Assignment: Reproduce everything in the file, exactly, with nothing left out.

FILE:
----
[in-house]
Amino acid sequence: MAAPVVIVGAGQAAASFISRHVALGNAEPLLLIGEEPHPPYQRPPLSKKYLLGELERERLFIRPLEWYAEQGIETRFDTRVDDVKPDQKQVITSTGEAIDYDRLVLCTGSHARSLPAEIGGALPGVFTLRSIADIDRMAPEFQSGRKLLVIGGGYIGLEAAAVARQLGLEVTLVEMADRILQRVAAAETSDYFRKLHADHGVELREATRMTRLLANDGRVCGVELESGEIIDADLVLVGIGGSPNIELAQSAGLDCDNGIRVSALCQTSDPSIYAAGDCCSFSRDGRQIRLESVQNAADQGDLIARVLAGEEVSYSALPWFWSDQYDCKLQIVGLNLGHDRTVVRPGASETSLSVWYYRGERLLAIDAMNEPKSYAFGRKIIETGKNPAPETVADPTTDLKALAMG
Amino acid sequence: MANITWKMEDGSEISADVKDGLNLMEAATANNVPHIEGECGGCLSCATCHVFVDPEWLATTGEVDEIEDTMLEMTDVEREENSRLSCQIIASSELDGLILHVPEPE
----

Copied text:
[in-house]
Amino acid sequence: MAAPVVIVGAGQAAASFISRHVALGNAEPLLLIGEEPHPPYQRPPLSKKYLLGELERERLFIRPLEWYAEQGIETRFDTRVDDVKPDQKQVITSTGEAIDYDRLVLCTGSHARSLPAEIGGALPGVFTLRSIADIDRMAPEFQSGRKLLVIGGGYIGLEAAAVARQLGLEVTLVEMADRILQRVAAAETSDYFRKLHADHGVELREATRMTRLLANDGRVCGVELESGEIIDADLVLVGIGGSPNIELAQSAGLDCDNGIRVSALCQTSDPSIYAAGDCCSFSRDGRQIRLESVQNAADQGDLIARVLAGEEVSYSALPWFWSDQYDCKLQIVGLNLGHDRTVVRPGASETSLSVWYYRGERLLAIDAMNEPKSYAFGRKIIETGKNPAPETVADPTTDLKALAMG
Amino acid sequence: MANITWKMEDGSEISADVKDGLNLMEAATANNVPHIEGECGGCLSCATCHVFVDPEWLATTGEVDEIEDTMLEMTDVEREENSRLSCQIIASSELDGLILHVPEPE